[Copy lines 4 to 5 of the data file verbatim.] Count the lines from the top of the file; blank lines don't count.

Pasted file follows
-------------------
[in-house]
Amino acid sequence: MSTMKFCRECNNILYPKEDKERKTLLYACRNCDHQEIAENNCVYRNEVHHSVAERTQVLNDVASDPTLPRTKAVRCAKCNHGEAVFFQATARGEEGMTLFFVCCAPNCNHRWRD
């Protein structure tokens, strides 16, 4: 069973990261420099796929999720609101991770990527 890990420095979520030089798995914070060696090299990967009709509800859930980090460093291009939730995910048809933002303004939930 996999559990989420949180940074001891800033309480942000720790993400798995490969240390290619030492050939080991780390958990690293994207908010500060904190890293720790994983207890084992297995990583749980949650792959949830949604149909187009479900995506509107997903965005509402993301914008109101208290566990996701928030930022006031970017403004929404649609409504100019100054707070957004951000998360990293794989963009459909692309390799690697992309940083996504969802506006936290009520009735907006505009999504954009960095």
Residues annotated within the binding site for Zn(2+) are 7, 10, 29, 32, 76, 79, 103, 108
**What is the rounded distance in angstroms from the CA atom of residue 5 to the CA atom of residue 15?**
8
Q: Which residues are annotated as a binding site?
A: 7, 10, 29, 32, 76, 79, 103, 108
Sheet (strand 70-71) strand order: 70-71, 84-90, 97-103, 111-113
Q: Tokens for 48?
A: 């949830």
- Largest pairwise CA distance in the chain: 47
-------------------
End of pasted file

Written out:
Residues annotated within the binding site for Zn(2+) are 7, 10, 29, 32, 76, 79, 103, 108
**What is the rounded distance in angstroms from the CA atom of residue 5 to the CA atom of residue 15?**